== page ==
John F. Kennedy photo

Remarks of Welcome at the White House to President Tito of Yugoslavia

October 17, 1963

Mr. President:

I take great pleasure in welcoming you to the United States. I hope during this visit we can reciprocate some of the hospitality that you have shown to members of the United States Government, both members of the Cabinet and most recently Members of the Congress, in your own country.

This is a difficult and dangerous world in which we live. I think it is most important that we have--across the distance of water and across perhaps a difference in political philosophy--that we have an understanding of the basic policies and objectives of the countries through the globe so that danger may be lessened.

We are very glad to have you here, Mr. President, so that you can see something of the United States. I am glad you are going to the South and then to the West. This is a vigorous and progressive people that you will see. Nature has been very generous to us, and I think that your visit here, where I am sure you will be warmly and hospitably treated and welcomed, will give you a greater understanding of the policies and objectives and meaning of the United States of America.

So this visit is very welcome. We are very glad to have you here at the White House, and I hope as a result of your visit that the relations between our two peoples will become stronger and that our commitments to national independence will be strengthened.

So, Mr. President, we are very glad to welcome you and your distinguished wife, the members of your government, here to the White House.

Note: The President spoke at 11:45 a.m. on the South Lawn at the White House where President Josip Broz Tito was given a formal welcome with full military honors.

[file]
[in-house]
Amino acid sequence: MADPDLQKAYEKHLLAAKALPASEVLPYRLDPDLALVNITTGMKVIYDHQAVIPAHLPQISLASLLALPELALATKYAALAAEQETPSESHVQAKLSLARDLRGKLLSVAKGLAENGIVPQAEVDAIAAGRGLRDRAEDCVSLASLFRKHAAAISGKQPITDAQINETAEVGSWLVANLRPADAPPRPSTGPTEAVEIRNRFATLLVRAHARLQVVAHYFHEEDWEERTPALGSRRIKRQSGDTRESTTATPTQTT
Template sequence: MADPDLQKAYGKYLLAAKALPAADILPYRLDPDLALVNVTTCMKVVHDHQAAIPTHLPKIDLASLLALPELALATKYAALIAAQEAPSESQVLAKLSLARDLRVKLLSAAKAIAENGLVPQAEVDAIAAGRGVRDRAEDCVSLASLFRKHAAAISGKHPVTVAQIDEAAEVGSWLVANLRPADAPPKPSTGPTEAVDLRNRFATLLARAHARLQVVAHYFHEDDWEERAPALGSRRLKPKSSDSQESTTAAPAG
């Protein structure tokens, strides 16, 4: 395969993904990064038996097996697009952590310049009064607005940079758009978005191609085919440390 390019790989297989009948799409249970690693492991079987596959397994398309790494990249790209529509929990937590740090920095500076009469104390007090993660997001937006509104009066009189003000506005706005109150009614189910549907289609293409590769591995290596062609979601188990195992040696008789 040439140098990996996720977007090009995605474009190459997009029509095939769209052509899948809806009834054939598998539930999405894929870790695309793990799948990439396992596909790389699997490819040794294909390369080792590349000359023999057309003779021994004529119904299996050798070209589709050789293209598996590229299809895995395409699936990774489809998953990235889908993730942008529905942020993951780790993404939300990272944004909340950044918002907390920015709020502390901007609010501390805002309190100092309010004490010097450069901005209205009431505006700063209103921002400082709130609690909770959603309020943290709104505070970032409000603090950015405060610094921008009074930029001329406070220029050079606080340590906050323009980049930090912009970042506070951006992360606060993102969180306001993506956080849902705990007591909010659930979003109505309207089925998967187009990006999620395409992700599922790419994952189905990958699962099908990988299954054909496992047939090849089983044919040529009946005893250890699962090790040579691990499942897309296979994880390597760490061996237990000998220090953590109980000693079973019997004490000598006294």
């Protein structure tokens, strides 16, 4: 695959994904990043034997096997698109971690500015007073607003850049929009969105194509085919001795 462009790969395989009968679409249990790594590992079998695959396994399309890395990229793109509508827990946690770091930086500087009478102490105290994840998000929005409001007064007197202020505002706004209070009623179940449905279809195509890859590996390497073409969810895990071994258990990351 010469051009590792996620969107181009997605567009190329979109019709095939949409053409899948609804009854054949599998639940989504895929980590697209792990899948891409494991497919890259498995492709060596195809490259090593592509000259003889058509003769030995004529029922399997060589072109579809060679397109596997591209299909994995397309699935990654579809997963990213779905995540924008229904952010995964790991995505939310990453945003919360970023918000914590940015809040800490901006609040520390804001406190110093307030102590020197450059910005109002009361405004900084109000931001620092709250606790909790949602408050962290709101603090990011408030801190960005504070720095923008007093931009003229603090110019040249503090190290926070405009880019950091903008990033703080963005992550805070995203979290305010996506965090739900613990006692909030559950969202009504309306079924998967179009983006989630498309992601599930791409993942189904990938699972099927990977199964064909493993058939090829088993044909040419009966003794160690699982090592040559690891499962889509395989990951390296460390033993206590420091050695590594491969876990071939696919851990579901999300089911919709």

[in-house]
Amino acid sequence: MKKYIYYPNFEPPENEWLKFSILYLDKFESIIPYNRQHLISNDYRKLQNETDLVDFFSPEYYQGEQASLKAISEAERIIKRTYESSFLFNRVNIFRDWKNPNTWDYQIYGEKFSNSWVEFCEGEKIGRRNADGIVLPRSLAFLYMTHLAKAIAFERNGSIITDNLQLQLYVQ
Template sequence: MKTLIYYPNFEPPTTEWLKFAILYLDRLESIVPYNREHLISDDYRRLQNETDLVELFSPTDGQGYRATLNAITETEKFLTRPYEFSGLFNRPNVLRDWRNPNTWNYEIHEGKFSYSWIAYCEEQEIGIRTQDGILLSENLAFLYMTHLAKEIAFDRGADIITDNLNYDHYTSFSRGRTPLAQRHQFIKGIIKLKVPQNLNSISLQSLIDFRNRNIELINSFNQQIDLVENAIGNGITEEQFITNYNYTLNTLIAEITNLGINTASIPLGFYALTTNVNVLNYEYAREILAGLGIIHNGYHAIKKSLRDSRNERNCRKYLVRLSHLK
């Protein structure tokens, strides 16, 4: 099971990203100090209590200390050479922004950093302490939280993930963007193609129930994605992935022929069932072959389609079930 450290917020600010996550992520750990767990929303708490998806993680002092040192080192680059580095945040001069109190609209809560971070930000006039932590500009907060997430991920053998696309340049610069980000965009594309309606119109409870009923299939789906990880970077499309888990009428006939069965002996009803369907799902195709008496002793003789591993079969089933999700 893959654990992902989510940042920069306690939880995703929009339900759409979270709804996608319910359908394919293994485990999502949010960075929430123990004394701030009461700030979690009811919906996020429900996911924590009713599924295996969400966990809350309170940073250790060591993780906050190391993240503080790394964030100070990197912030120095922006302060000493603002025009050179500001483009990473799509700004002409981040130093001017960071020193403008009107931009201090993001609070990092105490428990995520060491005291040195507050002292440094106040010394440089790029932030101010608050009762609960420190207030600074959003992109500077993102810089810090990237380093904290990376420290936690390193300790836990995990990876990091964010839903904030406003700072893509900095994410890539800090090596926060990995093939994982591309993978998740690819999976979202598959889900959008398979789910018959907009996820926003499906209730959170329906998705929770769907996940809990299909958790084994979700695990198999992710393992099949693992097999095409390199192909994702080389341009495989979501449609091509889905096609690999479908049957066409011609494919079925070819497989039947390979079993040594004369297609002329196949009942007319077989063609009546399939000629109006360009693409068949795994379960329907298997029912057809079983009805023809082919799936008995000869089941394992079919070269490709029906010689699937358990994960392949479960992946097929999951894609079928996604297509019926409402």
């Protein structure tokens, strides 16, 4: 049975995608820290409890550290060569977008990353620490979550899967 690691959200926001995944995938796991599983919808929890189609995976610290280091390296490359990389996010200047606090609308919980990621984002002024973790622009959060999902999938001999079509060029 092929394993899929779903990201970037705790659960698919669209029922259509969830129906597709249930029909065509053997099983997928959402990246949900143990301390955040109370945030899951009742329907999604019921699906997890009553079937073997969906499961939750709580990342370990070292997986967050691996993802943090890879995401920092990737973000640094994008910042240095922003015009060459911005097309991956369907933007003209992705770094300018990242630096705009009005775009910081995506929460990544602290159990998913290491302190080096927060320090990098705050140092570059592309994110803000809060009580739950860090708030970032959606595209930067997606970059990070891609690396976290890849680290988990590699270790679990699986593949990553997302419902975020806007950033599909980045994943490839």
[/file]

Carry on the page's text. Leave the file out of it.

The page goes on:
In his response President Tito expressed his thanks for the friendly reception and his pleasure at the prospect of discussing with President Kennedy questions of concern to both countries. He looked forward also, he added, to seeing at least a part of the United States and to observing at firsthand "some of the great achievements of the hard-working American people."

Speaking of the United States and Yugoslavia as nations linked since the end of the First World War by their common devotion to the ideals embodied in the Charter of the United Nations, President Tito said his government had always wished to maintain good and friendly relations with the United States. "I believe," he concluded, "that our exchanges will contribute both to the stability of our good relations and our mutually beneficial cooperation, and will also reflect our common interest in the preservation and strengthening of peace in the world." President Tito closed by conveying the "friendly greetings of the people of Yugoslavia to the people of the United States of America."

In his closing remarks President Kennedy referred to President Tito's wife, Jovanka, who accompanied her husband.

John F. Kennedy, Remarks of Welcome at the White House to President Tito of Yugoslavia Online by Gerhard Peters and John T. Woolley, The American Presidency Project

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